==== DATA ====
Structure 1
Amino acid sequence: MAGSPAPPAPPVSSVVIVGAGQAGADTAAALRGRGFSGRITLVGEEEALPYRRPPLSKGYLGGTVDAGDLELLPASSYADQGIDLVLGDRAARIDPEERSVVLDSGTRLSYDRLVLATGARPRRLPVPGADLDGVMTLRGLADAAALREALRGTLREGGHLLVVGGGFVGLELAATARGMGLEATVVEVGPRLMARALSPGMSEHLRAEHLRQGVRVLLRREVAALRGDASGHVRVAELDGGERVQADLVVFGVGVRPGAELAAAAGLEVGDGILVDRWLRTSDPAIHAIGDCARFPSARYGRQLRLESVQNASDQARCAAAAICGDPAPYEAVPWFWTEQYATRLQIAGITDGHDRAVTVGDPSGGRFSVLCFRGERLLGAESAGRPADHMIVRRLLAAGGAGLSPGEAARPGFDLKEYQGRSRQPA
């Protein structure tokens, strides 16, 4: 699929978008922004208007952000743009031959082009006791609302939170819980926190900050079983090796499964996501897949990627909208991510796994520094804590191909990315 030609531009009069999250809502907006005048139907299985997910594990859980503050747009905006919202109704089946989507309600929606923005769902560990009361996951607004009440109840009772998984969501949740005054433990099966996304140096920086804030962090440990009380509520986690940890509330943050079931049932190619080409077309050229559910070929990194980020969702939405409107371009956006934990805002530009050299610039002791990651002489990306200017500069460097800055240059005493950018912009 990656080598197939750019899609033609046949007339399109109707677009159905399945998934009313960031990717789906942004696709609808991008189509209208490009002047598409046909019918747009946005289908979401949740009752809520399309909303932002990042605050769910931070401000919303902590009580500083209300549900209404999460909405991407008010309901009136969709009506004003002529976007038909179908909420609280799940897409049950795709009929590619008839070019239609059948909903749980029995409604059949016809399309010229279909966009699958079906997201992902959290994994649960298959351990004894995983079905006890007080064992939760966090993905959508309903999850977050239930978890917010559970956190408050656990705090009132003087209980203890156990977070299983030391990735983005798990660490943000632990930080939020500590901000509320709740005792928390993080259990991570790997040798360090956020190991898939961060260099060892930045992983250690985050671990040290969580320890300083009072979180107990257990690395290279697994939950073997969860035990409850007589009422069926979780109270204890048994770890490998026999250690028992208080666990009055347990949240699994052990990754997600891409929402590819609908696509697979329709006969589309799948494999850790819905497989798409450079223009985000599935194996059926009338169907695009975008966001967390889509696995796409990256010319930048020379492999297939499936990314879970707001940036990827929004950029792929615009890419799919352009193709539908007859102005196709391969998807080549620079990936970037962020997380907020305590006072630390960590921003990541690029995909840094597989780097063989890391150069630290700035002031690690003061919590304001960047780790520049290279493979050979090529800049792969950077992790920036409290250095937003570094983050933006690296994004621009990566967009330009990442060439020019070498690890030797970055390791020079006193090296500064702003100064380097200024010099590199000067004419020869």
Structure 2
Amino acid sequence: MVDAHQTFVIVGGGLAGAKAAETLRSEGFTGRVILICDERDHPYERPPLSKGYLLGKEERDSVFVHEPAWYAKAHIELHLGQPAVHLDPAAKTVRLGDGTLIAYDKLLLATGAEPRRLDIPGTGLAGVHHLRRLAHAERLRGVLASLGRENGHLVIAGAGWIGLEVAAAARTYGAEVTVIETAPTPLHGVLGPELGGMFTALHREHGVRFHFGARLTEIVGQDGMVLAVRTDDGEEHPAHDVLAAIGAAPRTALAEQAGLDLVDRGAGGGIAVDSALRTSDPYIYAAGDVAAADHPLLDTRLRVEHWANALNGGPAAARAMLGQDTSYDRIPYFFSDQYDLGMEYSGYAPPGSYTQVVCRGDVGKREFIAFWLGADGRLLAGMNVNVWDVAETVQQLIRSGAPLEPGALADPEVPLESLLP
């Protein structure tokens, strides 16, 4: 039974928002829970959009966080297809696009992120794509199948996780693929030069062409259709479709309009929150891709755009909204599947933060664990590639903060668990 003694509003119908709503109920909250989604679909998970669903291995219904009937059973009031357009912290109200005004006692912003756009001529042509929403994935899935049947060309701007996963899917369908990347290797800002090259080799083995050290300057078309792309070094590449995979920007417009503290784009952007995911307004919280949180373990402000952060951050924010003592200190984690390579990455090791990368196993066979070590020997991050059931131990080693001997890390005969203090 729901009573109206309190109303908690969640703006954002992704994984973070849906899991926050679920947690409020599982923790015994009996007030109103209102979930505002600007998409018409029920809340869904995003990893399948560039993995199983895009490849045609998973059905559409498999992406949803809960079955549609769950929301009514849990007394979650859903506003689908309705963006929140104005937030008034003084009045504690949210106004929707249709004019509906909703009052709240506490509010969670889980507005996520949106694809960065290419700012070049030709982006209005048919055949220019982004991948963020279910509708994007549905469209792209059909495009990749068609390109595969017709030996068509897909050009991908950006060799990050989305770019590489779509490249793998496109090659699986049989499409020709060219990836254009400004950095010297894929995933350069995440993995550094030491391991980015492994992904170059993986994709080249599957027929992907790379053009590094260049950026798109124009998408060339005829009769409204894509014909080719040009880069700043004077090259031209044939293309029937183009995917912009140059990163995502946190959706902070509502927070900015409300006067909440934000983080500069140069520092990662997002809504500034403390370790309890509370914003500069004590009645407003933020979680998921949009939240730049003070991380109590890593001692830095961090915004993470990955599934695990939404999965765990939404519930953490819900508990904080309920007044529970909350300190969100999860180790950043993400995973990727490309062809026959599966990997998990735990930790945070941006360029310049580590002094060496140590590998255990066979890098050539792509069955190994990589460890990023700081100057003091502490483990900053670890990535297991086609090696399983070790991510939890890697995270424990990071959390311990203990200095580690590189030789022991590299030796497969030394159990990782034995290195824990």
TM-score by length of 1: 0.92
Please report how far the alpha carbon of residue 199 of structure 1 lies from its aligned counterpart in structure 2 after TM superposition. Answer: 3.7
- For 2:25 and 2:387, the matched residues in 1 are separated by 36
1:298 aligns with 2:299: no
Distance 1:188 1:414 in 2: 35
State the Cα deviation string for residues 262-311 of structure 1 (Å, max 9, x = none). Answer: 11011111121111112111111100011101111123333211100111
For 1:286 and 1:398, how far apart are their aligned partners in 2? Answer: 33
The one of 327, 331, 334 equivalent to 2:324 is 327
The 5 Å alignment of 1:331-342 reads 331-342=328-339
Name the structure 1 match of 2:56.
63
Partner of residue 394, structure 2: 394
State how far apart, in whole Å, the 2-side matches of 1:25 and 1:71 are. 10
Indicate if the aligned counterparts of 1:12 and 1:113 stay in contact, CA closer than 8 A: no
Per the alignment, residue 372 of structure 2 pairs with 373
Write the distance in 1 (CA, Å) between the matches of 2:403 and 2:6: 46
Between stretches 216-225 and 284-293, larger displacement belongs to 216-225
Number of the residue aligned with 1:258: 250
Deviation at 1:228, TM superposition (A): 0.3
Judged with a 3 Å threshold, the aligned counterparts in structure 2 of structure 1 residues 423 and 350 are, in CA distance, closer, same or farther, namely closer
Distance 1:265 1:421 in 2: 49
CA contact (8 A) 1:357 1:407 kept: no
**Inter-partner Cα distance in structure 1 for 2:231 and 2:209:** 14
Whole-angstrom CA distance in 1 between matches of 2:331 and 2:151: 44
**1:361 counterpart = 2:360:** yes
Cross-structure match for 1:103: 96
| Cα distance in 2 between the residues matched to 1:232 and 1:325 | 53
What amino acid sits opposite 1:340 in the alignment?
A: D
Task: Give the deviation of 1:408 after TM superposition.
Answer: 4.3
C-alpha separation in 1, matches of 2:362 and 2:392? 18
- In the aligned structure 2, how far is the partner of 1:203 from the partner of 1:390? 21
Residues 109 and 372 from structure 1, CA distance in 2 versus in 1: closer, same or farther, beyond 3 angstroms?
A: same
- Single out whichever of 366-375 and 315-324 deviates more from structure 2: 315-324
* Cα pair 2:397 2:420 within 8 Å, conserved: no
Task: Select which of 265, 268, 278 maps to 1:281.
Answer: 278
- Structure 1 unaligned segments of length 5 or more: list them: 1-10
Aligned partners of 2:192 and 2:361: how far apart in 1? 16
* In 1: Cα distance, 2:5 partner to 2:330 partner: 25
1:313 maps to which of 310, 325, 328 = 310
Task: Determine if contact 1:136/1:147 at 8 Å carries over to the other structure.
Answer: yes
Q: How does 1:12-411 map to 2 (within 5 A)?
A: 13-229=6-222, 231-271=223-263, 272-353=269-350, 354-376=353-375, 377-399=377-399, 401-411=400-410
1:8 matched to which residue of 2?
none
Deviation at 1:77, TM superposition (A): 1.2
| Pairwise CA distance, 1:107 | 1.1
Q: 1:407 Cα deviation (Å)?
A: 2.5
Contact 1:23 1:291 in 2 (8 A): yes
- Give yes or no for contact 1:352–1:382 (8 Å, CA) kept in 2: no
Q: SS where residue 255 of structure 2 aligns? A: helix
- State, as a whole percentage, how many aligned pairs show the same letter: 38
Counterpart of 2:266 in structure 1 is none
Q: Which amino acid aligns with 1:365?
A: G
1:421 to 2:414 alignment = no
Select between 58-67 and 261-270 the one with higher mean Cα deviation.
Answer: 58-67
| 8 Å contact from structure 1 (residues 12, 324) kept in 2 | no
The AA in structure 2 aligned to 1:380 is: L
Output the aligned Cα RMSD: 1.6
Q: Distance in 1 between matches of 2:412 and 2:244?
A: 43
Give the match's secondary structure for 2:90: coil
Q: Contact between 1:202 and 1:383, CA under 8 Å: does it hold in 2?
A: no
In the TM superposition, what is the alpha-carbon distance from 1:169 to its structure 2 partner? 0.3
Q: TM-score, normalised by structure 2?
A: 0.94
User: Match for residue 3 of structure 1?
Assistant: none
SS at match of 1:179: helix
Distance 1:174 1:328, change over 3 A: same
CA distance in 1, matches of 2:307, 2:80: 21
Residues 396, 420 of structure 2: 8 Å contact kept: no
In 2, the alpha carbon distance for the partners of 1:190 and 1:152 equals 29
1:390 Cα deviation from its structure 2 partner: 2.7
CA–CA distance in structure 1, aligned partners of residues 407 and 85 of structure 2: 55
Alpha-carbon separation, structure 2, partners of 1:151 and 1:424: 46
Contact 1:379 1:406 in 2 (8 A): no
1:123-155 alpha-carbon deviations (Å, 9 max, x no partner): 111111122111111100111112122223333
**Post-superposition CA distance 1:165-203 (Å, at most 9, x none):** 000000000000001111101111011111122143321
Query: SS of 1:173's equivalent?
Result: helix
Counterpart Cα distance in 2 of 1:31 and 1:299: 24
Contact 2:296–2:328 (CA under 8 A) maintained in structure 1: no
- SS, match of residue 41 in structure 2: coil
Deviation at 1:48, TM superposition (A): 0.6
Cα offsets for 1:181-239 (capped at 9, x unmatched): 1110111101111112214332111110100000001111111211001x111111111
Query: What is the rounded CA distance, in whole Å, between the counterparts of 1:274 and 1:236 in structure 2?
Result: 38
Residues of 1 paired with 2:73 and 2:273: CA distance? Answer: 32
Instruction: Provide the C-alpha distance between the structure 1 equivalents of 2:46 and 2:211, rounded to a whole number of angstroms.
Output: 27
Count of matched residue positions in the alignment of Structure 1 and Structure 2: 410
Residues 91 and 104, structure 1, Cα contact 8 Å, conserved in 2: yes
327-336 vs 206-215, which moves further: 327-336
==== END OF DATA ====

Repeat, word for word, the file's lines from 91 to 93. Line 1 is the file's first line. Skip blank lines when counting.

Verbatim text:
Contact 1:379 1:406 in 2 (8 A): no
1:123-155 alpha-carbon deviations (Å, 9 max, x no partner): 111111122111111100111112122223333
**Post-superposition CA distance 1:165-203 (Å, at most 9, x none):** 000000000000001111101111011111122143321